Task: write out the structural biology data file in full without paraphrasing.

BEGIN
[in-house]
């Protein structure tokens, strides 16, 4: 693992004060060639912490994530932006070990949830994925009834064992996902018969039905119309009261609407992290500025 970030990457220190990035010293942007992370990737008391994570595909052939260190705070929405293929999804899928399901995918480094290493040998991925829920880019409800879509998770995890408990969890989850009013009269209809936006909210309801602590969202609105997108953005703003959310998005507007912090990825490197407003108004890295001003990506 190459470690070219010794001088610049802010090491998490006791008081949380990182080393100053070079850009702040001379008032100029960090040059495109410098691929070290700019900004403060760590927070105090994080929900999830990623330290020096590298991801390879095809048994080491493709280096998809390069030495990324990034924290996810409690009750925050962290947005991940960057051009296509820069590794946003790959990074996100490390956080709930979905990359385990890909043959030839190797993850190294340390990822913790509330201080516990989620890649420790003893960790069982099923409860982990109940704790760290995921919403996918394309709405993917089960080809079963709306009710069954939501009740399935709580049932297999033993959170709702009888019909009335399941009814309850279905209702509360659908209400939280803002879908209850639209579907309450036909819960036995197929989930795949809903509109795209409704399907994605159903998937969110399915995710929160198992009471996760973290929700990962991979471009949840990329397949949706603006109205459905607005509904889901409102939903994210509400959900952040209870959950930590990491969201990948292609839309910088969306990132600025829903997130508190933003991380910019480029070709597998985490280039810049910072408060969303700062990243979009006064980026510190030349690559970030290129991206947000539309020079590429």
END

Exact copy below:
[in-house]
């Protein structure tokens, strides 16, 4: 693992004060060639912490994530932006070990949830994925009834064992996902018969039905119309009261609407992290500025 970030990457220190990035010293942007992370990737008391994570595909052939260190705070929405293929999804899928399901995918480094290493040998991925829920880019409800879509998770995890408990969890989850009013009269209809936006909210309801602590969202609105997108953005703003959310998005507007912090990825490197407003108004890295001003990506 190459470690070219010794001088610049802010090491998490006791008081949380990182080393100053070079850009702040001379008032100029960090040059495109410098691929070290700019900004403060760590927070105090994080929900999830990623330290020096590298991801390879095809048994080491493709280096998809390069030495990324990034924290996810409690009750925050962290947005991940960057051009296509820069590794946003790959990074996100490390956080709930979905990359385990890909043959030839190797993850190294340390990822913790509330201080516990989620890649420790003893960790069982099923409860982990109940704790760290995921919403996918394309709405993917089960080809079963709306009710069954939501009740399935709580049932297999033993959170709702009888019909009335399941009814309850279905209702509360659908209400939280803002879908209850639209579907309450036909819960036995197929989930795949809903509109795209409704399907994605159903998937969110399915995710929160198992009471996760973290929700990962991979471009949840990329397949949706603006109205459905607005509904889901409102939903994210509400959900952040209870959950930590990491969201990948292609839309910088969306990132600025829903997130508190933003991380910019480029070709597998985490280039810049910072408060969303700062990243979009006064980026510190030349690559970030290129991206947000539309020079590429």